Sudhir Vadaketh in Oxley eBook: My Friends Lee Hsien Yang and Lee Suet Fern Are Innocent!

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Even when the public has grown tired of the Oxley saga, activist Sudhir Thomas Vadaketh thought it was a good idea to write an entire eBook about it, with much of his “research” coming directly from his friends Lee Hsien Yang and Lee Suet Fern. One can only wonder what his real motivations for reopening discussions on this topic are.

Sudhir’s ties with the Lees

Right from the beginning of his book, Sudhir the writer himself admitted that his account is going to be biased because he knows Lee Hsien Yang, Lee Suet Fern and their son Li Huanwu personally. In fact Sudhir has posted pictures of himself having meals with them together on social media.

It is no secret that Sudhir is close to that side of the Lee family and his decision to write the Oxley piece based on consultation with Lee Hsien Yang and Lee Suet Fern will definitely lead to a “slanted narrative” – in his own words.

So why write a warped story and pass it off as a piece that has been deeply researched and will give the public “clarity” about what really happened? What is he trying to achieve by confusing readers?

My friends Lee Hsien Yang and Lee Suet Fern were misjudged

Masquerading as an “explainer” piece, Sudhir selectively presents “evidence” which made it seem like Lee Hsien Yang and Lee Suet Fern stood to gain nothing from their actions surrounding the will and that they were only interested in faithfully discharging their filial duties and seeing to Lee Kuan Yew’s wishes.

Lee Hsien Yang, Sudhir writes, is not after the money even though he was surprised by how much Oxley was eventually valued at. Lee Suet Fern was merely carrying out her husband and father-in-law’s instructions honestly. Both of them had the purest of intentions or so Sudhir claims.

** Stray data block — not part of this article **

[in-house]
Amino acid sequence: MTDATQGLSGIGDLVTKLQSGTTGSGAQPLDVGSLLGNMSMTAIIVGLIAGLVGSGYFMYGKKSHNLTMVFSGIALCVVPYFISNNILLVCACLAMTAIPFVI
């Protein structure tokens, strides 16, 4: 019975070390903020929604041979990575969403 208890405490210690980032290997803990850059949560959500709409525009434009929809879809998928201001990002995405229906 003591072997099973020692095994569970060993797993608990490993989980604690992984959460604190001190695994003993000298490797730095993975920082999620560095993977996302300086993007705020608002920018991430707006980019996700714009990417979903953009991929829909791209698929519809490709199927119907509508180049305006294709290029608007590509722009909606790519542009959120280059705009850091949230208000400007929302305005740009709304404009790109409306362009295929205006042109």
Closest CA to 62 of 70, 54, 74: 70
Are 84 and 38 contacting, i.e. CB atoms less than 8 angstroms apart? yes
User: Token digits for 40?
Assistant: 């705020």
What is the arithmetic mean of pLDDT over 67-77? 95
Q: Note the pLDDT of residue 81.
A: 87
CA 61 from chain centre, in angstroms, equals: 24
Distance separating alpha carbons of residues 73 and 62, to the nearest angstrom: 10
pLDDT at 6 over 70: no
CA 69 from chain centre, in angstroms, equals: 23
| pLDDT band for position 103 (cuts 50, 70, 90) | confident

Whatever events that may have aroused suspicion about the motivations of the couple (e.g. inconsistent accounts given to the Court, the couple’s decision to exclude certain people from email correspondences, hurried circumstances and Lee Suet Fern’s errors), Sudhir explained them away as nothing unusual.

Sudhir dedicated a substantial part of the eBook to absolving Lee Suet Fern of any guilt or misconduct as found by the Court of Three Judges. Sudhir dismissed the errors found by the disciplinary tribunal as innocuous mistakes and attempted to show there was no misconduct on her part. He also claimed that the court exaggerated the penalty for minor errors on Lee Suet Fern’s part and that the government and the mainstream media were responsible for making her look bad.

On the one hand, Sudhir questions the integrity of the judicial system in their judgment of Lee Suet Fern. On the other hand, he declares in the earlier part of the eBook that this Oxley issue should have been left to the Courts to settle. So is he saying that the judicial system is fit to deal with the Oxley dispute but it’s judgment of Lee Suet Fern, Sudhir’s dear friend, cannot be trusted?

Bad call?

In a book filled with contradictions, ironies and partial evidence, the only conclusion that can be drawn is that it serves no purpose other than to cast the writer’s friends in a positive light and throw shade on their opponents.

Sudhir believes that the eBook will generate the credibility and attention he needs for his new site JOM. But is it actually boosting or undermining his credibility?

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